It is unquestionably true, that happiness in the married state depends not on riches, nor on beauty, but on virtue, good sense, and sweetness of temper. A young man who has himself a sufficient fortune, should not always look for an equivalent of that kind in the object of his love. “Who can find a virtuous woman,” says Solomon, “for her price is far above rubies?” The important object of his inquiry is, not whether she has riches, but whether she possesses those qualifications, which naturally form the amiable wife and the exemplary mother ? In like manner, would a parent conduct his daughter to a wise and judicious choice of a husband ; he will not so much recommend the necessity of a fortune, as a virtuous conduct, good temper, discretion, regularity and industry. With these, a husband, if he be of a reputable profession, may improve the fortune of his wife, and render it of much greater advantage to each other, than the most ample equivalent in money, with the reverse of these qualities.
On the contrary, where interest pervades the bosom, and is the sole motive to union, what can more naturally be expected than unhappy matches ? Without a certain congeniality of sentiment, independent of the adventitious circum stances of beauty or fortune, the connubial state is the very opposite of a heaven. Home becomes disagreeable, where there is a diversity of taste, temper, and wishes; or where those mental resources are wanting which invite to conversation, and render it delightful and endearing. The scenes of wretchedness inseparable from such a state, must be obvious to every mind.
We turn with pleasure to the exquisite happiness, which is the result of a virtuous choice. Home is then delightful, and every moment is replete with satisfaction.
But without dwelling longer on this charming theme, permit me to ask, who would sacrifice the enjoyment of such felicity, for wealth? What weakness of mind does it betray, to forfeit “ the matchless joys of virtuous love,” for the ideal pleasure of affluence!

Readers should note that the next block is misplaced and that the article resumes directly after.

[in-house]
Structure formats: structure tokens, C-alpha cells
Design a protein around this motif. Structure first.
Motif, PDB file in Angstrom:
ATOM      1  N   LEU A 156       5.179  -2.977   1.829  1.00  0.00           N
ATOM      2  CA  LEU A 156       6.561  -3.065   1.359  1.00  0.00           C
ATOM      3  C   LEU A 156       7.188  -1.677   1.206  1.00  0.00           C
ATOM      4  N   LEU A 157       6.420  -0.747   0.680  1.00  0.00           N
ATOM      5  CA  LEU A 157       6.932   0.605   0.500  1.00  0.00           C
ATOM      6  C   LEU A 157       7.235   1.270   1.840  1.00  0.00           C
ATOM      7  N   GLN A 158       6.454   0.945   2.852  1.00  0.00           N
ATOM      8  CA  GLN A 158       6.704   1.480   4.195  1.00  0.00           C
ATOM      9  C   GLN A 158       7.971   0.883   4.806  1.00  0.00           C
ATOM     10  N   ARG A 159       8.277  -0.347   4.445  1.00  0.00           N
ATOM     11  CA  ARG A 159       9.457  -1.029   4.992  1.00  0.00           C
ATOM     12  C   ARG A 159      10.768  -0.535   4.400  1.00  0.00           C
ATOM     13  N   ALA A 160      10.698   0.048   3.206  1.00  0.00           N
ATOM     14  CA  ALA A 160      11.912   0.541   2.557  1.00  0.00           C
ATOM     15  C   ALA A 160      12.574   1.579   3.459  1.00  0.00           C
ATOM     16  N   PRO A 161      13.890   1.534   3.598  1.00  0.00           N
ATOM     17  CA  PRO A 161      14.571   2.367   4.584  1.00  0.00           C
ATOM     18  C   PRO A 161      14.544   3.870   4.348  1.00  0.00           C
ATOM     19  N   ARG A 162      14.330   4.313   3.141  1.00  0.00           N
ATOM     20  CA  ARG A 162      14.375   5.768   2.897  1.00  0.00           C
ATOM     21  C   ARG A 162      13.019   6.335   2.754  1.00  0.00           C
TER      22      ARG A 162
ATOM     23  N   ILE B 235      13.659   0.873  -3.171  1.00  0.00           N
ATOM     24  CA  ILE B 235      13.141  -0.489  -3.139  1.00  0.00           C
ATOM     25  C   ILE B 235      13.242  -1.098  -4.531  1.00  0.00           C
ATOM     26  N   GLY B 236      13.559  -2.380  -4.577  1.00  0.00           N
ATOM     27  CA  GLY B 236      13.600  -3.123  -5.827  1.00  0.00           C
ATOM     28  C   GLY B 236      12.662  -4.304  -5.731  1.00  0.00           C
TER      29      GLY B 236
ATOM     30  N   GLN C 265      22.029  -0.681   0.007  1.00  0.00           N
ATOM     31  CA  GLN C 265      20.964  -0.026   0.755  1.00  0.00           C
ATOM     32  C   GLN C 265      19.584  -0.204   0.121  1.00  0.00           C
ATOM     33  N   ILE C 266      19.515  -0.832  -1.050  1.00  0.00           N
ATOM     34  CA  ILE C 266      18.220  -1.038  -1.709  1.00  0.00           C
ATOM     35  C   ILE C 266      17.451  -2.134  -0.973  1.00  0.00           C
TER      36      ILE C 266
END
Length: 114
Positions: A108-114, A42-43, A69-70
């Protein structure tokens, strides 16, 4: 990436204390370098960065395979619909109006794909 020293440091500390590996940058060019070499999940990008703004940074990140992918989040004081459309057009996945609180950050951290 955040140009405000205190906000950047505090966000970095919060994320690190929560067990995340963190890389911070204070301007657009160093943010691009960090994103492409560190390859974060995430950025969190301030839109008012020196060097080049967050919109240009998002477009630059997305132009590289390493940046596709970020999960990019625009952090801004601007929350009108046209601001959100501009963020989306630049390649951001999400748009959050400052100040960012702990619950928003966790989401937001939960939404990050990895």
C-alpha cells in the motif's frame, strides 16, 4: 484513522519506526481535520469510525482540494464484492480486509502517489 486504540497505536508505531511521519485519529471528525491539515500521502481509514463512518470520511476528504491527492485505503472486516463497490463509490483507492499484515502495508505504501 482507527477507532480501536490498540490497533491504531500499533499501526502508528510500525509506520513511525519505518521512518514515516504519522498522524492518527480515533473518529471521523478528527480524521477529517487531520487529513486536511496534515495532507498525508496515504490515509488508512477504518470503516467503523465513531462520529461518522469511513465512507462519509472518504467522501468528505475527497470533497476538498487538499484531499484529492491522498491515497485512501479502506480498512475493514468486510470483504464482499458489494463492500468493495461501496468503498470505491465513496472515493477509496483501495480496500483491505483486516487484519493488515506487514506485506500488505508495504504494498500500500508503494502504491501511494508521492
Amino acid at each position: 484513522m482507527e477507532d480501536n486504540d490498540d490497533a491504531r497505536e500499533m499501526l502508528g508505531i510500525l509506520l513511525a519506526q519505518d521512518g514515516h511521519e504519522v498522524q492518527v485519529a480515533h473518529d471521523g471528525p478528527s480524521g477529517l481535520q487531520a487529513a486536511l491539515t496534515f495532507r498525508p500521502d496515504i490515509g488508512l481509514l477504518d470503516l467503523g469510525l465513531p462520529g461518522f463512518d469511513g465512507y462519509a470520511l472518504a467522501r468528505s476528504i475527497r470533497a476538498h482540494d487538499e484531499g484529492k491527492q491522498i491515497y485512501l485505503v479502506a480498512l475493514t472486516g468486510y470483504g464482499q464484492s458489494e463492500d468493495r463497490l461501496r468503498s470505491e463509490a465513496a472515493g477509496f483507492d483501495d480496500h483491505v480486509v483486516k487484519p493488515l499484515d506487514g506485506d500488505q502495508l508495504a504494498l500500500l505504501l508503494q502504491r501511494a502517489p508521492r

Of all the pleasures that endear human life, there are none more worthy the attention of a rational creature than those that flow from the mutual return of conjugal love. Our great poet, Milton, after he has described the nuptial bower of Adam and Eve in Paradise, thus calls upon that blissful state :
Hail, wedded love! mysterious law, true source
-Perpetual fountain of domestic bliss !
In this scene the looser passions of youth are consolidated into a settled affection: for the lawful object of love unites every care in itself, and makes even those thoughts that were painful before, become delightful. When two minds are thus engaged by the ties of reciprocal sincerity, each alternately receives and communicates a transport that is inconceivable to all but those that are in this situation : from hence arises that heart-ennobling solicitude for one another's welfare, that tender sympathy that alleviates affliction, and that participated pleasure which heightens prosperity and joy itself. This is a full completion of the blessings of humanity! for if reason and society are the characteristics which distinguish us from other animals, an excellence in these two great privileges of man, which